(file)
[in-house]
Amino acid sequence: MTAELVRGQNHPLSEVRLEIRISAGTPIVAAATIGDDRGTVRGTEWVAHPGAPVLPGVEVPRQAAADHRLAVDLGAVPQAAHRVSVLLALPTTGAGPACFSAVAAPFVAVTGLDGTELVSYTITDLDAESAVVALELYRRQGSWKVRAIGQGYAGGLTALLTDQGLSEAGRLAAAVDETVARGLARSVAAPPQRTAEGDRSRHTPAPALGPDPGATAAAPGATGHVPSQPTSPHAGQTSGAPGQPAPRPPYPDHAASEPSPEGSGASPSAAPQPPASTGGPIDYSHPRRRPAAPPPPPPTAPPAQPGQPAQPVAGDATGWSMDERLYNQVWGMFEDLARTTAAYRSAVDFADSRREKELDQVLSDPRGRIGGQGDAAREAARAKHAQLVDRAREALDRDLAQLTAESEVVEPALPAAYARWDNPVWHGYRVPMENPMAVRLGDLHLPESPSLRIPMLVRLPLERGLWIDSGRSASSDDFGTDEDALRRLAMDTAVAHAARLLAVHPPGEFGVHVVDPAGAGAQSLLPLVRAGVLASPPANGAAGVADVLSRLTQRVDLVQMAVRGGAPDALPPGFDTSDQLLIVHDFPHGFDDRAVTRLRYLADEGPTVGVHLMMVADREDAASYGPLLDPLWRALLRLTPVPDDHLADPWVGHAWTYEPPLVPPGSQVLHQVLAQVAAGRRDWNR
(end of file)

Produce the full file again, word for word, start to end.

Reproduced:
[in-house]
Amino acid sequence: MTAELVRGQNHPLSEVRLEIRISAGTPIVAAATIGDDRGTVRGTEWVAHPGAPVLPGVEVPRQAAADHRLAVDLGAVPQAAHRVSVLLALPTTGAGPACFSAVAAPFVAVTGLDGTELVSYTITDLDAESAVVALELYRRQGSWKVRAIGQGYAGGLTALLTDQGLSEAGRLAAAVDETVARGLARSVAAPPQRTAEGDRSRHTPAPALGPDPGATAAAPGATGHVPSQPTSPHAGQTSGAPGQPAPRPPYPDHAASEPSPEGSGASPSAAPQPPASTGGPIDYSHPRRRPAAPPPPPPTAPPAQPGQPAQPVAGDATGWSMDERLYNQVWGMFEDLARTTAAYRSAVDFADSRREKELDQVLSDPRGRIGGQGDAAREAARAKHAQLVDRAREALDRDLAQLTAESEVVEPALPAAYARWDNPVWHGYRVPMENPMAVRLGDLHLPESPSLRIPMLVRLPLERGLWIDSGRSASSDDFGTDEDALRRLAMDTAVAHAARLLAVHPPGEFGVHVVDPAGAGAQSLLPLVRAGVLASPPANGAAGVADVLSRLTQRVDLVQMAVRGGAPDALPPGFDTSDQLLIVHDFPHGFDDRAVTRLRYLADEGPTVGVHLMMVADREDAASYGPLLDPLWRALLRLTPVPDDHLADPWVGHAWTYEPPLVPPGSQVLHQVLAQVAAGRRDWNR